Embracing a child's pace: multi-day bike trip on the Erie Canal
A couple of years ago, I took my 7 year old daughter for a multi-day bike trip along the Erie Canal in upstate New York. I’ve done some long-distance riding, but this trip turned into a surprising ‘short distance’ tour. It’s a great example of how riding at a child’s pace and having a flexible itinerary can be more fun than a carefully planned itinerary. We planned on riding from Rochester to Lockport over several days, and camping at the locks on the canal. Since this was our first multi-day trip together, I had promised that we’d ride as far as she wanted to go each day, and I’d booked a hotel with a swimming pool as a treat when we reached our destination. We never got to that hotel, but we had a great time travelling less than 20 miles in three days.
Our first day was a leisurely cruise along the canal and camping at one of my favorite spots, the Erie Canal lock at Holley, NY. Holley has the perfect spot for bicycle touring with kids -- the canal lock allows free camping, had hot showers, a waterfall, a playground, and a coffee shop and grocery store within walking distance. It’s a short ride into Brockport, which has a classic art-deco movie theater and an amazing Greek restaurant called Mythos on Main Street. You can camp in Holley, ride into Brockport for an afternoon matinee (a great summer treat), and enjoy spanakopita for lunch. Don’t miss the giant chocolate cake at Mythos for dessert, which my daughter still dreams about.
On day two, we headed west along the canal, planning to go halfway to Lockport. The day started with the lock operator allowing us into his control tower to watch as boats moved through. We stopped for a mid-day break at the Mud Creek Aqueduct, just west of the Village of Palmyra and got off our bikes to see an engineering marvel. Since the trail is made from limestone dust in that section, my daughter started playing with the dust and I let her enjoy some free time. After about an hour, she said ‘look at what I made’ and showed me a model of the aqueduct made from sticks and stone dust along the side of the trail. This was one of those moments where I realized the value of travelling at a child’s pace -- and the joy of going on a bike trip with kids.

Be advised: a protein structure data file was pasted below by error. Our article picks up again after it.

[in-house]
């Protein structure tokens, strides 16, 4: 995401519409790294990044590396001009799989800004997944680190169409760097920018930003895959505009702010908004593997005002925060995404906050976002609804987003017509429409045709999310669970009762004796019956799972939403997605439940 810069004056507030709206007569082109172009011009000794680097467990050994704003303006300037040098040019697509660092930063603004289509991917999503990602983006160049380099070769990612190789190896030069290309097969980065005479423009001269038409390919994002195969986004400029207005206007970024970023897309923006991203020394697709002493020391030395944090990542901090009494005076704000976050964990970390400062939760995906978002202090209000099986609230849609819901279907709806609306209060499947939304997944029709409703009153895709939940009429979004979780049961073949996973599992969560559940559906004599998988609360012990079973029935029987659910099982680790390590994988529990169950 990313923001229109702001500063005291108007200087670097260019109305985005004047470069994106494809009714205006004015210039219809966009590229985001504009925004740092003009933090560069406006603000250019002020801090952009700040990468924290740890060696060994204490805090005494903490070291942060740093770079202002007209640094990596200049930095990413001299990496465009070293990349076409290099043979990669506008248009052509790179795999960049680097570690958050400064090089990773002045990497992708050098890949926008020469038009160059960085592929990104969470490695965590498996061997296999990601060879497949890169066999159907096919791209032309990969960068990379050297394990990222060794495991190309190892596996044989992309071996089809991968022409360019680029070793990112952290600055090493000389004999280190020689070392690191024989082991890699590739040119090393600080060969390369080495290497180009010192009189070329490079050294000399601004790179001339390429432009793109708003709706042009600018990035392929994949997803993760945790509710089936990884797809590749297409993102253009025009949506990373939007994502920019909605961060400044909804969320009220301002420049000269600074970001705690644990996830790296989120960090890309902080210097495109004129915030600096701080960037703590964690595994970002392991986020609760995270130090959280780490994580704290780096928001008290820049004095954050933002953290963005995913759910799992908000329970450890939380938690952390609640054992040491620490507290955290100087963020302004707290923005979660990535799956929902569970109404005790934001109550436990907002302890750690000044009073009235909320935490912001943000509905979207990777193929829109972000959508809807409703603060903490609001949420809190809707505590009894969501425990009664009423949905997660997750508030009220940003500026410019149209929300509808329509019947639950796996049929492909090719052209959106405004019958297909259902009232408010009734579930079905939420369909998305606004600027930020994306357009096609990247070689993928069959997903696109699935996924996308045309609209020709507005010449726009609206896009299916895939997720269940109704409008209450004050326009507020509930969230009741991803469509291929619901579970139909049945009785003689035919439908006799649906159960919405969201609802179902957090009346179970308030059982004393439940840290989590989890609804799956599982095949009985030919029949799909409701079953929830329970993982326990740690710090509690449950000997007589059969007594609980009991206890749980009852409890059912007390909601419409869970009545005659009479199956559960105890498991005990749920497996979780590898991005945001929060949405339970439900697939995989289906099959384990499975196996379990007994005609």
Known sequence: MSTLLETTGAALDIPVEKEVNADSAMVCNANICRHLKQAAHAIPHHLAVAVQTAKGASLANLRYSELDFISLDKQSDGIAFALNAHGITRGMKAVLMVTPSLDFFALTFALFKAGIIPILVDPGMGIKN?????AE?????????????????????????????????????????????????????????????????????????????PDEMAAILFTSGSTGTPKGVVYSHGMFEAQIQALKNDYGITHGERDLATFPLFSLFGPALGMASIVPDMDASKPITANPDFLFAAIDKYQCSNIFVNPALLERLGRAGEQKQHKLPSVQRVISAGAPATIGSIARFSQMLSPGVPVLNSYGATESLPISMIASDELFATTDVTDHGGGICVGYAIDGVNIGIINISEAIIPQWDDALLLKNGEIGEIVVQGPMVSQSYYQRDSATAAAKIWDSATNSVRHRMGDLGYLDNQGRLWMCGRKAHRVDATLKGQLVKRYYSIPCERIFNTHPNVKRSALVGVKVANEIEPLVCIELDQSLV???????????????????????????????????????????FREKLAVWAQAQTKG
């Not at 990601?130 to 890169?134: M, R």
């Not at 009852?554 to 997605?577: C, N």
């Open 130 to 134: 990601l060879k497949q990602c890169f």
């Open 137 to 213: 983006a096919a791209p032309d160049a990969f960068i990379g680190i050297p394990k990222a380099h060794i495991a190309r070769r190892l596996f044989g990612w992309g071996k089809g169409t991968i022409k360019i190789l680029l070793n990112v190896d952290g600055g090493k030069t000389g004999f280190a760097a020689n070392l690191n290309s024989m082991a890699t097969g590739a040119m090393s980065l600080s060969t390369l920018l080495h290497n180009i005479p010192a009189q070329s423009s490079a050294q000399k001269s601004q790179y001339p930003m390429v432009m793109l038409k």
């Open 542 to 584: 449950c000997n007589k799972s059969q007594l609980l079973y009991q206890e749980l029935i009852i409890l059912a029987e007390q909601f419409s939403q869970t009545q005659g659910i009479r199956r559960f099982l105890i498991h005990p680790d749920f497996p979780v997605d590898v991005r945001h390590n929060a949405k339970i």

That afternoon, we started to see a deteriorating weather pattern. I had checked the morning forecast and had my Cycling the Erie Canal guidebook from Parks & Trails New York in my saddlebag. By around 3pm, after only biking about 5 more miles, it started raining, with big thunderstorms on the horizon. We stopped at an ice cream shop along the canal, and called the nearest B&B in my guidebook –- the Medina Stone Farm. This wasn’t our plan but it turned out to be a great decision -- and the highlight of our short trip. The farm had animals for my daughter to meet, a beautifully restored Victorian farmhouse, and shelter from an epic deluge that night. It rained so hard that the canal flooded, and the thunder and lightning was so intense that at one point my daughter jumped straight up out of bed.
Instead of being soaked on our tent that night, we woke up to an unforgettable breakfast made from food grown on the Medina Stone Farm. Fresh blueberry French toast, eggs from their chickens, milk from their cows…all served family style by the innkeepers. By midmorning the storms were over, but we knew that we were running out of time for our planned journey. I called ahead and cancelled our hotel and we turned around and took a leisurely ride back towards where we’d started in Holley. It was a wonderful return trip –- with the afternoon sun on our backs, and visions of a huge slice of chocolate cake ahead of us.